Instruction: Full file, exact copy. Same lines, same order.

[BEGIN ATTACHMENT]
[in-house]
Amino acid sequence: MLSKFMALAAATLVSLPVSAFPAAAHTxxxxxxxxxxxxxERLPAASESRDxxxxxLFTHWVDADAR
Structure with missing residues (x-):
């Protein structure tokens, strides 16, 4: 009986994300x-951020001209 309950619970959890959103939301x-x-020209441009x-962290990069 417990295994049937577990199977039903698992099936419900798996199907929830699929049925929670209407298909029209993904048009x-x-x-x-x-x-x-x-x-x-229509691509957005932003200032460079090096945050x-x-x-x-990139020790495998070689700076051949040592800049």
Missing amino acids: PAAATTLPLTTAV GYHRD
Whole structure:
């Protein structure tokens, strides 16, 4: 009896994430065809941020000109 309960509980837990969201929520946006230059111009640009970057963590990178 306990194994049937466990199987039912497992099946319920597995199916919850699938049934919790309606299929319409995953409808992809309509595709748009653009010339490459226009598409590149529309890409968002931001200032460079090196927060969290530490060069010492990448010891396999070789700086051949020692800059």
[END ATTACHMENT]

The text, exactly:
[in-house]
Amino acid sequence: MLSKFMALAAATLVSLPVSAFPAAAHTxxxxxxxxxxxxxERLPAASESRDxxxxxLFTHWVDADAR
Structure with missing residues (x-):
């Protein structure tokens, strides 16, 4: 009986994300x-951020001209 309950619970959890959103939301x-x-020209441009x-962290990069 417990295994049937577990199977039903698992099936419900798996199907929830699929049925929670209407298909029209993904048009x-x-x-x-x-x-x-x-x-x-229509691509957005932003200032460079090096945050x-x-x-x-990139020790495998070689700076051949040592800049």
Missing amino acids: PAAATTLPLTTAV GYHRD
Whole structure:
């Protein structure tokens, strides 16, 4: 009896994430065809941020000109 309960509980837990969201929520946006230059111009640009970057963590990178 306990194994049937466990199987039912497992099946319920597995199916919850699938049934919790309606299929319409995953409808992809309509595709748009653009010339490459226009598409590149529309890409968002931001200032460079090196927060969290530490060069010492990448010891396999070789700086051949020692800059």